Did I just tell you more than you wanted to know? Ask Jule if he would like to buy a slab of bacon for about 30 bucks, about 10 pounds, shipped, from Scott Hams. That is damned cheap, if you consider the garbage you buy in the supermarkets. Actually, I think there is a shipping charge, I know it gets ther in about 3 days, no refrigeration, so you should get the idea it is REAL bacon.

    The fat you render from that will make some more ball lube.

    Cheers,

    George
     
  22. Manyirons

    Manyirons member

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    Scott bacon? Think he already orders that ifin i'm right, ya gotta cut it yerself? Only he calls it SPECK.

    Says when he wassa kid, they'd visit relatives in tha islands, cant spell em, everbody had SHARP pocket knives fer air dried mutton, they'd jus cut a chunk an chew fer awhile!

    Says he WONT eat eels though! Hated em as a kid! Said they'd have salt eels dried like jerky in tha markets. DOES like herring in cream with onions an garlic! Been at his house round breakfast time, some days ya jus gotta take a walk!
     
  23. gmatov

    gmatov member

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    MI,

    Mutton is entirely different than lamb. Mutton is soup meat, or, as jule says, a drying meat. I don't know how they dried it. Here, in the US, smoking was the way to preserve meat, OR, you boiled and put into a crock and covered with melted tallow, to seal out the air, OR, you salt cured it.

    In most of Europe, they made salami of it, or knackwurst, or other sausages.

    Here, again, if you were a native, and this would include the frontiersmaen, who learned from the Indians, you would "jerk" the meat of anything you shot, or you would make "pemmican", pulverized meat, mixed with berries and the like for flavoring, and fat, the fat being the bulk of your energy over the winter, the meat itself being the protien you needed in your diet over the winter.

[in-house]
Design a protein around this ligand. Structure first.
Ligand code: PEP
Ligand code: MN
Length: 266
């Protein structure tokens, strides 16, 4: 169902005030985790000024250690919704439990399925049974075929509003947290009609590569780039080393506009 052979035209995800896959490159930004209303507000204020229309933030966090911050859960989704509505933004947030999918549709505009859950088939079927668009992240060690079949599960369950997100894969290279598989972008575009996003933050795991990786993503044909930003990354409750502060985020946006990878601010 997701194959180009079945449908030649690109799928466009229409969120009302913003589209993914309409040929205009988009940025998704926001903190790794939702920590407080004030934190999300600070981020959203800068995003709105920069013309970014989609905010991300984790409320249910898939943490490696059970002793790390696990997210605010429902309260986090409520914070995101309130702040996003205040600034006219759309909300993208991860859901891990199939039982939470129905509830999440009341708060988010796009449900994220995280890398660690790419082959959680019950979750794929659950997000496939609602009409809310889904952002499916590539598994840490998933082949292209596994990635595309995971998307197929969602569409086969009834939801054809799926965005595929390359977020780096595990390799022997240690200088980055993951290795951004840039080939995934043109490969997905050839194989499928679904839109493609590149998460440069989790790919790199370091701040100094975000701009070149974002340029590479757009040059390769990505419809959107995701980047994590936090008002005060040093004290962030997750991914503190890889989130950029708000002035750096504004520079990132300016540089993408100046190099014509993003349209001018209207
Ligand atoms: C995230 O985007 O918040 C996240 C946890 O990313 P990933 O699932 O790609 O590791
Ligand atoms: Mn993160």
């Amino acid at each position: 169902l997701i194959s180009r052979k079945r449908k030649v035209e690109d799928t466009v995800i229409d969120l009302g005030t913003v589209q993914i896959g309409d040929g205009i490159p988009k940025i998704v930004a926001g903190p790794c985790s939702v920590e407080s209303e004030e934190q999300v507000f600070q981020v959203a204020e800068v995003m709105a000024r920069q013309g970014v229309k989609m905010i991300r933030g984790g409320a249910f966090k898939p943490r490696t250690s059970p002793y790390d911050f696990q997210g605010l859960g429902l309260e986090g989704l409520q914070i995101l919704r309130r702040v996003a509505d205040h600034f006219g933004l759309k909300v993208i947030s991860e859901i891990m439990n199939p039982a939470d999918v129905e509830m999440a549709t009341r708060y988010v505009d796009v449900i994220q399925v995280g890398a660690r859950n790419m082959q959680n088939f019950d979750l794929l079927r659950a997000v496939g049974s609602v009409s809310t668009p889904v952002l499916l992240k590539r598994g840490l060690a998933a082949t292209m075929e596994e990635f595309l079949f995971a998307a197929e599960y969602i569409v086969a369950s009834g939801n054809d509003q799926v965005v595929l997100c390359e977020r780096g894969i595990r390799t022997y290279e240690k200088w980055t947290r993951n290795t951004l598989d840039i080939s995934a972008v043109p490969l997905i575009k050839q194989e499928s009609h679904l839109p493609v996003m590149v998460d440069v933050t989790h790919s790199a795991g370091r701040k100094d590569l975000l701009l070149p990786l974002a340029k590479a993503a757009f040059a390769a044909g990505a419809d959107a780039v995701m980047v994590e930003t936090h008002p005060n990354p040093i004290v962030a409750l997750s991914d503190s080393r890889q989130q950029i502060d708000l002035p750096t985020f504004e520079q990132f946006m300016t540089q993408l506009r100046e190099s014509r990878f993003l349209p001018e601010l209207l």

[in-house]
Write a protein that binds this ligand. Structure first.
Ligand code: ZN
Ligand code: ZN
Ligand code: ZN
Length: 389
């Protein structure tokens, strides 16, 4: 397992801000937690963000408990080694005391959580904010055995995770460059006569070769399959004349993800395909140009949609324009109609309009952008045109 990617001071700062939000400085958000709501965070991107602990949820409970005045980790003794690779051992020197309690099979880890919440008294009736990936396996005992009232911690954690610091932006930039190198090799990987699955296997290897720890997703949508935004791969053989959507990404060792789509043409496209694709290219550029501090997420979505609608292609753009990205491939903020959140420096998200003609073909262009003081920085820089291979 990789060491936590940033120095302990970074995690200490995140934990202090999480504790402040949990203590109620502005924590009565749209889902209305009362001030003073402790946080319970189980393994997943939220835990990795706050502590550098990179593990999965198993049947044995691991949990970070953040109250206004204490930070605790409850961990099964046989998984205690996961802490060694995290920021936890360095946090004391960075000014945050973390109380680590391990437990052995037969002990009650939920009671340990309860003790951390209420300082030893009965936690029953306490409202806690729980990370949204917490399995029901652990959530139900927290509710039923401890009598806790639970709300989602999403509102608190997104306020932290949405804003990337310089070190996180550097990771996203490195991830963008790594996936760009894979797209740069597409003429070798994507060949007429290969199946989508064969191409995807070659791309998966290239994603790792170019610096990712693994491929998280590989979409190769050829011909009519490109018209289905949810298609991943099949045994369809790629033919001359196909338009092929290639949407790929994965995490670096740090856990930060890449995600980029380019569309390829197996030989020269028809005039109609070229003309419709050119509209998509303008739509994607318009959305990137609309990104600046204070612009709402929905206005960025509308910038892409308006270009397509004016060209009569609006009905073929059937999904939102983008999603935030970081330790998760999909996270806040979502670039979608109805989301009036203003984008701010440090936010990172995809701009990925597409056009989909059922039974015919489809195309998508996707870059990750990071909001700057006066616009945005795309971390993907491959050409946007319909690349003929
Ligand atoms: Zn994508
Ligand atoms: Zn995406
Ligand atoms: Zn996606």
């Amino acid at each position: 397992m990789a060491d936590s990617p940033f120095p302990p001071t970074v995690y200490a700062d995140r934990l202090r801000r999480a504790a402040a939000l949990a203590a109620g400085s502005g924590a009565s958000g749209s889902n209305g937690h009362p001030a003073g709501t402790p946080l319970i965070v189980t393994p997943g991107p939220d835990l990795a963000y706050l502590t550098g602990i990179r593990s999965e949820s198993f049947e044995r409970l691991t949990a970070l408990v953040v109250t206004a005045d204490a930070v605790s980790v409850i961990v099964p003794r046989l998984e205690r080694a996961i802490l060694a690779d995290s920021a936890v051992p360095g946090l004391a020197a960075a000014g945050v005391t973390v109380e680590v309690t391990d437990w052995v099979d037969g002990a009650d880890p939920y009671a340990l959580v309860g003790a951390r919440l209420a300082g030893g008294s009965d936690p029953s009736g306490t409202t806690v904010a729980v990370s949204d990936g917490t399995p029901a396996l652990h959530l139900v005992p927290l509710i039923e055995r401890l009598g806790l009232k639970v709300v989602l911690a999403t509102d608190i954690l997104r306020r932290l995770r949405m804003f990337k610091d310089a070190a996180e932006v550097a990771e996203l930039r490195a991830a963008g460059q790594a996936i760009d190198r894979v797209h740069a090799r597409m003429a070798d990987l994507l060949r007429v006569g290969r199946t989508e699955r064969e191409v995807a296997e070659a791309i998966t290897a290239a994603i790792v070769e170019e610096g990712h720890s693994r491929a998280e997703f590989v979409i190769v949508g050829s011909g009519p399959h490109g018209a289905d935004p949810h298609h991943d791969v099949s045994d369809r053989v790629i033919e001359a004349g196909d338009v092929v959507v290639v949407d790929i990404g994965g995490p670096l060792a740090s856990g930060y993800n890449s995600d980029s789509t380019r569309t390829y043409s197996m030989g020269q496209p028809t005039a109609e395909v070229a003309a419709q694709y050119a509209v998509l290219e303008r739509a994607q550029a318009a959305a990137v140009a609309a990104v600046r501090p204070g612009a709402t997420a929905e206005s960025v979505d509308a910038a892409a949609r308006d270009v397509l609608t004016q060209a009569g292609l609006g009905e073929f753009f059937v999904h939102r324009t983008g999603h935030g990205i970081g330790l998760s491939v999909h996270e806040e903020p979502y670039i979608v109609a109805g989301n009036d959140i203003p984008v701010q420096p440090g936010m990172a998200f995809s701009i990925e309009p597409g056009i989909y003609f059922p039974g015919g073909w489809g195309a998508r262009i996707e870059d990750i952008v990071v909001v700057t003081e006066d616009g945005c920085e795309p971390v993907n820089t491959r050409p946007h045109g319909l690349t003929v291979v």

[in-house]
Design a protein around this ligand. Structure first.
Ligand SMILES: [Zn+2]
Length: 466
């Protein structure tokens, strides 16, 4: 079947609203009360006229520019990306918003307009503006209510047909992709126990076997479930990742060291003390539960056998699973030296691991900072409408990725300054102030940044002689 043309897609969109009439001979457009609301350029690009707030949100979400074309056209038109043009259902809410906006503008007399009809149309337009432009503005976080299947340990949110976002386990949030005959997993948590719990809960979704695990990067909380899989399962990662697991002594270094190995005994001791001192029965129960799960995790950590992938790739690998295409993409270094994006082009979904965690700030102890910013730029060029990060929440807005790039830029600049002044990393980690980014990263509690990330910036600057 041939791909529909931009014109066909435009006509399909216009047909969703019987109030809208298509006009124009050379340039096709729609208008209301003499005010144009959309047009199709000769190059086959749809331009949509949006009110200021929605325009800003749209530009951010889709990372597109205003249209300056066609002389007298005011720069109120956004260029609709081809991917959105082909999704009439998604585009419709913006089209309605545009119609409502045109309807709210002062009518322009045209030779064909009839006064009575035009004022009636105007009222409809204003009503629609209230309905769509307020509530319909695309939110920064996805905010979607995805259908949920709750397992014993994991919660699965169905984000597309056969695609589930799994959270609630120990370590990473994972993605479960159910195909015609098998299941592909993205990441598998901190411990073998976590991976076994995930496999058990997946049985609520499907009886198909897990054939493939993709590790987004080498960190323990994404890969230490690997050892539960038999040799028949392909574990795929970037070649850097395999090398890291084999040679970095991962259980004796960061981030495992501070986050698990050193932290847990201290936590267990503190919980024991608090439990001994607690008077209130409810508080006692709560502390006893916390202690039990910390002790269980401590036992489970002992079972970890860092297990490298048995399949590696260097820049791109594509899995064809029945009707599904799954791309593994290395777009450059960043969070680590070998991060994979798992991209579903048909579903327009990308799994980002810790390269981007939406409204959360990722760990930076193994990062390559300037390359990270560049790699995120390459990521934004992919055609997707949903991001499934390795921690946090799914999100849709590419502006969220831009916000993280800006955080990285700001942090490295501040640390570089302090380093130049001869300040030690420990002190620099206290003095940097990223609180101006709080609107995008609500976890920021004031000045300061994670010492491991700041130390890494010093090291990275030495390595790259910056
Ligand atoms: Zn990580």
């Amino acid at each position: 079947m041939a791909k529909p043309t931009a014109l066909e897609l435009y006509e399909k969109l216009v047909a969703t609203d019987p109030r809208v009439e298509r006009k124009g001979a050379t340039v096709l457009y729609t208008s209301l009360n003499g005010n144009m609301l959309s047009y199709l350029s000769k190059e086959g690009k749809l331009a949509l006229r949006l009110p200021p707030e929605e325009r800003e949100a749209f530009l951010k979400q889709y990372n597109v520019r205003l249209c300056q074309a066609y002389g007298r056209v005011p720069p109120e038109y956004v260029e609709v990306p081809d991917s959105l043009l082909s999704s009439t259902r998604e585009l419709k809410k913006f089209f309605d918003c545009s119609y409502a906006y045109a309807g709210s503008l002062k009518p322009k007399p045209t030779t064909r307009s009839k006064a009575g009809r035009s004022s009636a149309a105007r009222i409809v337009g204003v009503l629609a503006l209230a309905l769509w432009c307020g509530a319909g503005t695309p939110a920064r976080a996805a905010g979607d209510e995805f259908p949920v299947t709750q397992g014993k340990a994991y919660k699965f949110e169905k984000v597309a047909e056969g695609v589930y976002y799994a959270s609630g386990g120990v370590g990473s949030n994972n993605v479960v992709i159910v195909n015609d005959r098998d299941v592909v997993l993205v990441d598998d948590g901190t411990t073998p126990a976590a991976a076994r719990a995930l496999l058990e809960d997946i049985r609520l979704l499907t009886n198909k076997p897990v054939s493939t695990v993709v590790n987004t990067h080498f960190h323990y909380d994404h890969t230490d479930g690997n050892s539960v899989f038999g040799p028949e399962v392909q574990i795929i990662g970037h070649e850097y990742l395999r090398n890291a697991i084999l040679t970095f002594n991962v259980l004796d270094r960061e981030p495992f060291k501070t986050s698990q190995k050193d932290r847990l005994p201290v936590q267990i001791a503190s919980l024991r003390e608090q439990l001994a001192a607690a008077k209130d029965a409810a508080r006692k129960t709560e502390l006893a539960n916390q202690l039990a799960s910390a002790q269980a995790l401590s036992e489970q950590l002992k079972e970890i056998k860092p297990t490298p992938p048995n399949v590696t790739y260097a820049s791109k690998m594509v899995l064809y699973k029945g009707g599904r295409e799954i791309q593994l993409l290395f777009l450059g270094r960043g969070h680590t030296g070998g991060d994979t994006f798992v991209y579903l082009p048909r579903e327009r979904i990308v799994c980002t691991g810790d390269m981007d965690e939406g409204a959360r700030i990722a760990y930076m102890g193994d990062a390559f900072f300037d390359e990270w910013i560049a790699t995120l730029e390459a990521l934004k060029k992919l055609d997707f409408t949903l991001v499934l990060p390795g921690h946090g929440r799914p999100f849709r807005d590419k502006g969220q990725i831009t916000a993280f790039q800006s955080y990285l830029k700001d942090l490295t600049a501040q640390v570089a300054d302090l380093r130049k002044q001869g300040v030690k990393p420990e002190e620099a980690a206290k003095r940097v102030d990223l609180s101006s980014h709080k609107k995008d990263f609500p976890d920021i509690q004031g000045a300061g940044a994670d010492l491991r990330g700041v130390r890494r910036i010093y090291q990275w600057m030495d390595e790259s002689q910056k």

Preserved beef is probably why the Brits are even today called "Beefeaters", it was their mainstay on year long ship cruises, or longer.

    They also pickled pork, or salted it, which is the same thing. And herring and anything else which they could make stand still long enough.

    The rest of the world did, too. Ask Jule why there is sauerkraut. Why there is dried beef. Why there are cured sausages and salamis.

    Hell, why is there CHEESE!! Milk from the cow or the camel or the sheep or the yak or the musk ox, or, damme, if you can milk a rabbit, would still sour within a couple days.

    Somehow I think I have veered off topic a bit. What was the question?

    Cheers,

    George
     
  24. gmatov

    gmatov member

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    MI,

    I shoulda picked up on "speck".

    We call it bacon, the Brits call it "streaky bacon", the Canadians probably do, too.

    Here, we make "bacon" only from the sowbelly, the fattiest part of the pig, the "offal", if you will. Should be rendered to fat, but the butchers decided they could charge a premium for it, so today we STILL eat this stuff.

    Canucks consider bacon to be what we call "Canadian Bacon", cured pork loins.

    Brits cure the whole pig. ALL of the pig is bacon. How they charge for it, I don't know.

    I DO know, they use the same process, pincushion of needles, inject with curing solution, tomorrow you got bacon. Enzymes to break down the tissue. Flavotings to make it taste like bacon. Just don't try to eat it after the "sell by" date. Vaccuum packed, my ass. It rots in the package..

    Buy a dry cured slab, hang it in the cellar stairway and cut a chunk off next year, same as last year.

    This is about as OT as you can get here, ain't it?

    Cheers,

    George
     
  25. Duncaninfrance

    Duncaninfrance Member

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    Brits cure the whole pig. ALL of the pig is bacon. How they charge for it, I don't know.
    No it isn't George. Most of it is PORK. Most of the BACON sold in the UK is Danish or Dutch and tastes like fish cos thats what they feed it on. Dry Cured bacon is another thing - wonderful. Cut a slice - in the pan - serve with eggs, sausage, beans, fried bread, mushrooms and black pudding and a bib blob of brown sauce - PERFECTION :D
    Duncan